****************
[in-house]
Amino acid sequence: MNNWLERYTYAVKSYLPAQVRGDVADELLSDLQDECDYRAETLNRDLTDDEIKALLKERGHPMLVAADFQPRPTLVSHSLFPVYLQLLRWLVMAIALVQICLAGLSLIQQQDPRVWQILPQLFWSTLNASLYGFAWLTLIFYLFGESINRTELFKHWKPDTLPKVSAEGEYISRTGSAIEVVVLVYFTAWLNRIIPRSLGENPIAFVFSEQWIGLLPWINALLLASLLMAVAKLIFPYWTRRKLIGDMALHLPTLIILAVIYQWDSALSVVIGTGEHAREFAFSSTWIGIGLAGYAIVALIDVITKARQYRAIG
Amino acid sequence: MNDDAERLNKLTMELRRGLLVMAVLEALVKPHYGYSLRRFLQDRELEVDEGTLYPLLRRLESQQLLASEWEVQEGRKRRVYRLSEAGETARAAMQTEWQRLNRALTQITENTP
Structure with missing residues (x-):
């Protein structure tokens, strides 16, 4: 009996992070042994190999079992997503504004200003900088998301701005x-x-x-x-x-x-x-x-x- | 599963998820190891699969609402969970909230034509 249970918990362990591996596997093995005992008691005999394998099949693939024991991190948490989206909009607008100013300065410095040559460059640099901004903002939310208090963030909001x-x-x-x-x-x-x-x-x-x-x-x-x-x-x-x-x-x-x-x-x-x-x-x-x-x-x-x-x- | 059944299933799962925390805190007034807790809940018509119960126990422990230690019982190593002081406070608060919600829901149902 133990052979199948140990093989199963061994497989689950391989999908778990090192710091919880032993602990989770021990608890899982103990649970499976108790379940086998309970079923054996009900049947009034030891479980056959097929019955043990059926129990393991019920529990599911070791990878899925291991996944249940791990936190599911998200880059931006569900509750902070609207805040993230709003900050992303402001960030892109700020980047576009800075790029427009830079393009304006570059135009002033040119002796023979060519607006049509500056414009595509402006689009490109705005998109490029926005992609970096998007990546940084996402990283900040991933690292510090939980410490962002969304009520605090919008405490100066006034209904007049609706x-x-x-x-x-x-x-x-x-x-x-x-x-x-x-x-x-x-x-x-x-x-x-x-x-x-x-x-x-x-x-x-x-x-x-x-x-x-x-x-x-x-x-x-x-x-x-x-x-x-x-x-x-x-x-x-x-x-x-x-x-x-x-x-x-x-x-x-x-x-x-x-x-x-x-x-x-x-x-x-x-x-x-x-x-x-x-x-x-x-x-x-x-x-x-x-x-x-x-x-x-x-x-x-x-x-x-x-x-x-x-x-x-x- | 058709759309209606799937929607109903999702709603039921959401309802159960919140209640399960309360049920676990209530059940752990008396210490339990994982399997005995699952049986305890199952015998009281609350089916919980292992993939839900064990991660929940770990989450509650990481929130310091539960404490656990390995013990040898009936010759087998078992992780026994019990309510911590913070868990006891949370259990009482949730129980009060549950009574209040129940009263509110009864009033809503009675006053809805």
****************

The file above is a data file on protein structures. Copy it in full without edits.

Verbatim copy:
[in-house]
Amino acid sequence: MNNWLERYTYAVKSYLPAQVRGDVADELLSDLQDECDYRAETLNRDLTDDEIKALLKERGHPMLVAADFQPRPTLVSHSLFPVYLQLLRWLVMAIALVQICLAGLSLIQQQDPRVWQILPQLFWSTLNASLYGFAWLTLIFYLFGESINRTELFKHWKPDTLPKVSAEGEYISRTGSAIEVVVLVYFTAWLNRIIPRSLGENPIAFVFSEQWIGLLPWINALLLASLLMAVAKLIFPYWTRRKLIGDMALHLPTLIILAVIYQWDSALSVVIGTGEHAREFAFSSTWIGIGLAGYAIVALIDVITKARQYRAIG
Amino acid sequence: MNDDAERLNKLTMELRRGLLVMAVLEALVKPHYGYSLRRFLQDRELEVDEGTLYPLLRRLESQQLLASEWEVQEGRKRRVYRLSEAGETARAAMQTEWQRLNRALTQITENTP
Structure with missing residues (x-):
């Protein structure tokens, strides 16, 4: 009996992070042994190999079992997503504004200003900088998301701005x-x-x-x-x-x-x-x-x- | 599963998820190891699969609402969970909230034509 249970918990362990591996596997093995005992008691005999394998099949693939024991991190948490989206909009607008100013300065410095040559460059640099901004903002939310208090963030909001x-x-x-x-x-x-x-x-x-x-x-x-x-x-x-x-x-x-x-x-x-x-x-x-x-x-x-x-x- | 059944299933799962925390805190007034807790809940018509119960126990422990230690019982190593002081406070608060919600829901149902 133990052979199948140990093989199963061994497989689950391989999908778990090192710091919880032993602990989770021990608890899982103990649970499976108790379940086998309970079923054996009900049947009034030891479980056959097929019955043990059926129990393991019920529990599911070791990878899925291991996944249940791990936190599911998200880059931006569900509750902070609207805040993230709003900050992303402001960030892109700020980047576009800075790029427009830079393009304006570059135009002033040119002796023979060519607006049509500056414009595509402006689009490109705005998109490029926005992609970096998007990546940084996402990283900040991933690292510090939980410490962002969304009520605090919008405490100066006034209904007049609706x-x-x-x-x-x-x-x-x-x-x-x-x-x-x-x-x-x-x-x-x-x-x-x-x-x-x-x-x-x-x-x-x-x-x-x-x-x-x-x-x-x-x-x-x-x-x-x-x-x-x-x-x-x-x-x-x-x-x-x-x-x-x-x-x-x-x-x-x-x-x-x-x-x-x-x-x-x-x-x-x-x-x-x-x-x-x-x-x-x-x-x-x-x-x-x-x-x-x-x-x-x-x-x-x-x-x-x-x-x-x-x-x-x- | 058709759309209606799937929607109903999702709603039921959401309802159960919140209640399960309360049920676990209530059940752990008396210490339990994982399997005995699952049986305890199952015998009281609350089916919980292992993939839900064990991660929940770990989450509650990481929130310091539960404490656990390995013990040898009936010759087998078992992780026994019990309510911590913070868990006891949370259990009482949730129980009060549950009574209040129940009263509110009864009033809503009675006053809805």